Let's acknowledge the big grey pachyderm in the room straight away: Did Mercedes decide to favour runaway four-time winner Nico Rosberg at Lewis Hamilton's expense in Sochi on Sunday afternoon, just as the reigning champion was busily hacking down a 12.9sec gap to 7.5sec in 13 laps, looking all set to launch a late challenge to the German's pristine record in 2016?
Much was made in some quarters of the fact that Hamilton's falling water pressure seemed just a mite too convenient as he was asked to back off to save his engine, which then "miraculously" stabilised itself once the gap had opened up again.
Hamilton has apparently asked for a full report - as "nobody seemed to know too much about the odd readings from the PU (power unit)" that Mercedes boss Toto Wolff also reported on Rosberg's V6 turbo-hybrid engine.
Those same sources happily ignored all the work that Mercedes had put into Hamilton's car the previous evening and that morning, after it had suffered an identical energy recovery system problem to the one that had also stopped him after the second qualifying session a fortnight earlier in China.
The entire project had been guided by the need to avoid breaking parc ferme rules so that Hamilton could take up his 10th place on the grid rather than having to start from the back or from the pit lane.
The sabotage theories (suggesting Mercedes held Hamilton back) are nonsense. Why on earth would Mercedes want to favour one driver over another, let alone at this early stage of the season?
That meant using a spare engine first used in Melbourne, albeit fitted with a new turbocharger, control electronics and MGU-H energy recovery system, and also incorporating revised components such as the fuel system which had been homologated for the Russian race.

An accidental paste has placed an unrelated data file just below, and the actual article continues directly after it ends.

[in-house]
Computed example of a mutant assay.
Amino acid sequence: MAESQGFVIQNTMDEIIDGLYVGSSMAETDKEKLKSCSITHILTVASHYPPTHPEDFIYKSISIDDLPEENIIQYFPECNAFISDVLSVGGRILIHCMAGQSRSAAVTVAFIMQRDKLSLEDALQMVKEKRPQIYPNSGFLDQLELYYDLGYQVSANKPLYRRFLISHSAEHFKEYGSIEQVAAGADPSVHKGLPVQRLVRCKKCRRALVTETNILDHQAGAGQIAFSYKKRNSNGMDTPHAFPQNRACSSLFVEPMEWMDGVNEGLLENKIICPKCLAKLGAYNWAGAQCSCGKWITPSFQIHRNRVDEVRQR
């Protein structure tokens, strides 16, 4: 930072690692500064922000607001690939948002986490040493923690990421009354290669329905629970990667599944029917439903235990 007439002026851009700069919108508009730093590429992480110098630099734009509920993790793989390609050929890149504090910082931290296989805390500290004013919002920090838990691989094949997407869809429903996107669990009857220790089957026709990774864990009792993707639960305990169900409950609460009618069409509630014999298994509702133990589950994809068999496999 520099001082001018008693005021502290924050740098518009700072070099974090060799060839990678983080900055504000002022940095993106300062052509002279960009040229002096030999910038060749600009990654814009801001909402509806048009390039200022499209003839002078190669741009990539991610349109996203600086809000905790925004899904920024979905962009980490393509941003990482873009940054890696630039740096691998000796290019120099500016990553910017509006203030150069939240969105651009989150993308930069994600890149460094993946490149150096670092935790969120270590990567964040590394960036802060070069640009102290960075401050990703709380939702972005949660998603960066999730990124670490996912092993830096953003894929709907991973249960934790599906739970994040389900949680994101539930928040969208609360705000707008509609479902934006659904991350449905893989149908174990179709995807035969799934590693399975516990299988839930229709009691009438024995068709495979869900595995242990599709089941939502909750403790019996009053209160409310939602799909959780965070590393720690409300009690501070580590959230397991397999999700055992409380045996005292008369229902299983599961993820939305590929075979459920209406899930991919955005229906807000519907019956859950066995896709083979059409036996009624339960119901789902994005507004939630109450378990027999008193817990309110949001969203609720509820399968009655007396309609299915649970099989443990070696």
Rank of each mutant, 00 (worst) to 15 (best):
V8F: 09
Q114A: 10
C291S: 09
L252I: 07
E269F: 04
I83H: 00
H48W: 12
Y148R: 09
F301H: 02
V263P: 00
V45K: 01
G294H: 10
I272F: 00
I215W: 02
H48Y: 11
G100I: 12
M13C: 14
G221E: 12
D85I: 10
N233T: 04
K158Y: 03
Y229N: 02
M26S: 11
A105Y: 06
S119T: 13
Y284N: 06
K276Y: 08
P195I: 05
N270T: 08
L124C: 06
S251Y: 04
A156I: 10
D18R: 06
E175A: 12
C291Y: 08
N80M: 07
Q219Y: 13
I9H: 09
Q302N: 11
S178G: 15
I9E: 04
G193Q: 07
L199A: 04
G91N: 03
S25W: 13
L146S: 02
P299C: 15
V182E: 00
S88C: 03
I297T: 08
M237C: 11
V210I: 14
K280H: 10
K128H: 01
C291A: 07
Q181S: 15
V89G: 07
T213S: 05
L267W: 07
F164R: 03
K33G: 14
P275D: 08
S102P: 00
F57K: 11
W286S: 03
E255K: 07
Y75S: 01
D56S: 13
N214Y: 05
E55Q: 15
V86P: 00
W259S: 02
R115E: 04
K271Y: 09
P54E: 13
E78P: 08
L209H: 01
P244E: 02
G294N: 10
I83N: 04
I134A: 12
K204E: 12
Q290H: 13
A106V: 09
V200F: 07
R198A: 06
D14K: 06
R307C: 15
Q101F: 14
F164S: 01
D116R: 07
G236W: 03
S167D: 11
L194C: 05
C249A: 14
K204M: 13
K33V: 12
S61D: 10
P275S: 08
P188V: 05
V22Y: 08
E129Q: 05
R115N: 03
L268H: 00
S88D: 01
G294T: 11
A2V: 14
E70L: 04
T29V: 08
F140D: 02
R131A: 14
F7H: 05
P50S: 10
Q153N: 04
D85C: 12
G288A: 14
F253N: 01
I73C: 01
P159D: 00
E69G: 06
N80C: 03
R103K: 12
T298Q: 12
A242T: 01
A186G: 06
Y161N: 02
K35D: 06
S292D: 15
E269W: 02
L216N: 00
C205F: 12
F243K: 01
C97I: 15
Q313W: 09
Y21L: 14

That in turn necessitated flying out a new system as there were insufficient spares at the track. It was flown in by chartered jet in the early hours, and the spare engine was then fitted with it so that it could be installed in Hamilton's Mercedes once it was released from parc ferme on Sunday morning before successfully being fired up in the garage.
"Hopefully all this illustrates the lengths to which we have gone to maximise his chances - a point that could usefully be made to those suggesting conspiracy or sabotage," a spokesman said, but the race problem apparently undid all that good work, in some minds.
Wolff said afterwards that insinuations on social media that they had favoured Rosberg by duping Hamilton into backing off needed to be tackled head-on.
Do I believe him? Yes, I do.
The sabotage theories are nonsense. Why on earth would Mercedes want to favour one driver over another, let alone at this early stage of the season? Could you imagine the potential fallout in sales if they were to do anything but play fair, and it became public knowledge?
With his fourth victory of 2016 and seventh in a row, Rosberg joins an elite fraternity comprising Alberto Ascari, Michael Schumacher and Sebastian Vettel - world champions all - who achieved the latter feat.
That's food for thought, and I'll confess here that early in the year before the season began, a little voice in my head said: "I think Nico could win it this year."
Will he? If he carries on like this, he's going to be very hard to beat, especially as rivals Hamilton and Sebastian Vettel have had tough luck lately. Certainly the former has demonstrated the speed to beat him, but recently the luck has deserted him, it's as simple as that.
Rosberg is fond of saying that there are still a lot of races to go in this longest-ever season, and he knows that what goes around comes around.
He's certainly not looking for feathered birds to count just yet. Nor should we.
But we should all sit back and savour what lies ahead, as he tries to keep his roll going, and Hamilton (and Ferrari, hopefully), do everything they can to claw back his advantage. I have a feeling we are going to be very grateful that there are 21 races this year.